The international civil service

Edward Newman, Ellen Ravndal

    Research output: Chapter in Book/Report/Conference proceedingChapter

    Abstract

    The international civil service (ICS) offers—in theory at least—an ideal model of administration within international organizations. This chapter explores the origins and evolution of the ICS from the classical model following WWI to the twenty-first century era. For its early supporters, the ICS was the international community’s hope for the peaceful coexistence of states and functional cooperation. Yet tensions between these normative ideals and the reality facing international secretariats have never been resolved. The ICS operates under tremendous pressure from states, and in the twenty-first century, increasingly from the global public too. How does an ICS ethos that was developed in the early twentieth century travel to the twenty-first century? Is the concept still relevant today?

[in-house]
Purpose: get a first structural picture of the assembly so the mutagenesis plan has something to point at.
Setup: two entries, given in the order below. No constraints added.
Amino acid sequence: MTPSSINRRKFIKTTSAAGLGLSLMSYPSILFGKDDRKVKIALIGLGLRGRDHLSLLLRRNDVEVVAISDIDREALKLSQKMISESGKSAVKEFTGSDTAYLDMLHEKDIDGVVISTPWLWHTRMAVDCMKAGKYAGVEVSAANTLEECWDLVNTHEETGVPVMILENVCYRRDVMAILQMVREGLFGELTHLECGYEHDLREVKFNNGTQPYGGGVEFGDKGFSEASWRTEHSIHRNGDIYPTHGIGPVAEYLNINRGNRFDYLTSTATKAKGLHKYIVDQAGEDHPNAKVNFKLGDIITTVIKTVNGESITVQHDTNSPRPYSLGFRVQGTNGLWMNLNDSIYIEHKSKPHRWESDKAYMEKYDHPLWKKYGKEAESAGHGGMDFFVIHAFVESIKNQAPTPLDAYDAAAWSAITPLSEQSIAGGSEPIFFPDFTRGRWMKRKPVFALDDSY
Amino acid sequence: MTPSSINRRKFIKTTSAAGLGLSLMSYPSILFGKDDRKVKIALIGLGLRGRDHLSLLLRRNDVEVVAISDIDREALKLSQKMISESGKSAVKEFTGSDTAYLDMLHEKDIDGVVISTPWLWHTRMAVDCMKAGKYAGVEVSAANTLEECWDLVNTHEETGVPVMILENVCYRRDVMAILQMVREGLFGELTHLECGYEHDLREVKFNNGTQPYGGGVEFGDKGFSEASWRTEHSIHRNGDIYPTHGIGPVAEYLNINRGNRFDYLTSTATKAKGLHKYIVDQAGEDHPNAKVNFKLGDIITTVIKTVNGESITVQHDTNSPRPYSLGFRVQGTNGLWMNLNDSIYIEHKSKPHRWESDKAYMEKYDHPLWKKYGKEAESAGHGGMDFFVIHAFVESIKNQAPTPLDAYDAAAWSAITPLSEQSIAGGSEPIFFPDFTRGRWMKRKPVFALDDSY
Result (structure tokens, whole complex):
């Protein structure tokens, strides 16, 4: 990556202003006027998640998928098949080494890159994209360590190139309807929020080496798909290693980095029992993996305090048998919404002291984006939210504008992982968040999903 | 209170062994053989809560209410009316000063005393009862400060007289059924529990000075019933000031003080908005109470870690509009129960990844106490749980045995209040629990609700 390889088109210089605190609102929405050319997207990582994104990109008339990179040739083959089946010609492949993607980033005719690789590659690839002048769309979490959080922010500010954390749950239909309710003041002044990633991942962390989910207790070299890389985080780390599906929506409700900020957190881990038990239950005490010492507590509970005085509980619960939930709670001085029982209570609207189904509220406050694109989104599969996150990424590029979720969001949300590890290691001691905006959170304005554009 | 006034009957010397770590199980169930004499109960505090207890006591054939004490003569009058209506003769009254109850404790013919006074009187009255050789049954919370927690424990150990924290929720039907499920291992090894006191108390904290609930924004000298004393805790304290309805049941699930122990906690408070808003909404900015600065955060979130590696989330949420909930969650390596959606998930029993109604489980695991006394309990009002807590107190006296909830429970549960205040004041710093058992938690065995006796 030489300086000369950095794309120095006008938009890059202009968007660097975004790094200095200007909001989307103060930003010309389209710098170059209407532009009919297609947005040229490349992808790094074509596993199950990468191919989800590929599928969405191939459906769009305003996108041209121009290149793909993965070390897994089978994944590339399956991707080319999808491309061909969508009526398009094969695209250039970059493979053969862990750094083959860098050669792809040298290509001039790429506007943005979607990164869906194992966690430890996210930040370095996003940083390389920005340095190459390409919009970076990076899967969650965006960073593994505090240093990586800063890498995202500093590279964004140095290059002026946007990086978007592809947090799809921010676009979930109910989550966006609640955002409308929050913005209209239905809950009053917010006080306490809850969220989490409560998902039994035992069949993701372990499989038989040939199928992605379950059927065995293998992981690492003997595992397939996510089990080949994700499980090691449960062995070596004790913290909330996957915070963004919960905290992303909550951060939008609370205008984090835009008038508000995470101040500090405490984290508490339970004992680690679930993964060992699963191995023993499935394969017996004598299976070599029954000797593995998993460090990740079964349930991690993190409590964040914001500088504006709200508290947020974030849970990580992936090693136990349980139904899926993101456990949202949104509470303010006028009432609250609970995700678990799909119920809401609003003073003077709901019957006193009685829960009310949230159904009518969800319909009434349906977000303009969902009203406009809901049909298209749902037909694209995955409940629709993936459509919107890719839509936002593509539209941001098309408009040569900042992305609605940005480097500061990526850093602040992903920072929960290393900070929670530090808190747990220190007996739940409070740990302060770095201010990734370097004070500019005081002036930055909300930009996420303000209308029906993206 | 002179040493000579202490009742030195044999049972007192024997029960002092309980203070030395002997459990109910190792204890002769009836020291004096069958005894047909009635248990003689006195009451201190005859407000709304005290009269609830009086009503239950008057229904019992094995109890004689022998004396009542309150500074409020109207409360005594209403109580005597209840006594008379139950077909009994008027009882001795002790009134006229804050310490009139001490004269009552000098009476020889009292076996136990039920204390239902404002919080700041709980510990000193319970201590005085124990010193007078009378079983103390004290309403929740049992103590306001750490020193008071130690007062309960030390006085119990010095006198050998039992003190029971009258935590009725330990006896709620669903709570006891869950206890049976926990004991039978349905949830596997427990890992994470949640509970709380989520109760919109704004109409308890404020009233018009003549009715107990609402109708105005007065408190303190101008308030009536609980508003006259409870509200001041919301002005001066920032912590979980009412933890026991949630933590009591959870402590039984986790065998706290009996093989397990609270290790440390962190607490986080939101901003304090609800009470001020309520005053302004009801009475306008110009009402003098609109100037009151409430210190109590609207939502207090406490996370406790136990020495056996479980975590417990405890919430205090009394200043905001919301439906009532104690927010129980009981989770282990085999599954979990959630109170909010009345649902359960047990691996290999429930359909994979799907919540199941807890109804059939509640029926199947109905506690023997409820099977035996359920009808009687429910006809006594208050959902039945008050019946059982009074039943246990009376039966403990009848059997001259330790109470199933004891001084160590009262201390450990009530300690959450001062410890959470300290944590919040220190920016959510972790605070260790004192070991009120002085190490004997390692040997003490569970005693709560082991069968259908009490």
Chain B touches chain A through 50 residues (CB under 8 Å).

Original languageEnglish
    Title of host publicationThe Oxford Handbook of Global Policy and Transnational Administration
    Editors Diane Stone and Kim Moloney
    Place of PublicationOxford
    PublisherOxford University Press
    Pages165-181
    Edition1st
    ISBN (Print)9780198758648
    DOIs
    Publication statusPublished - 2019

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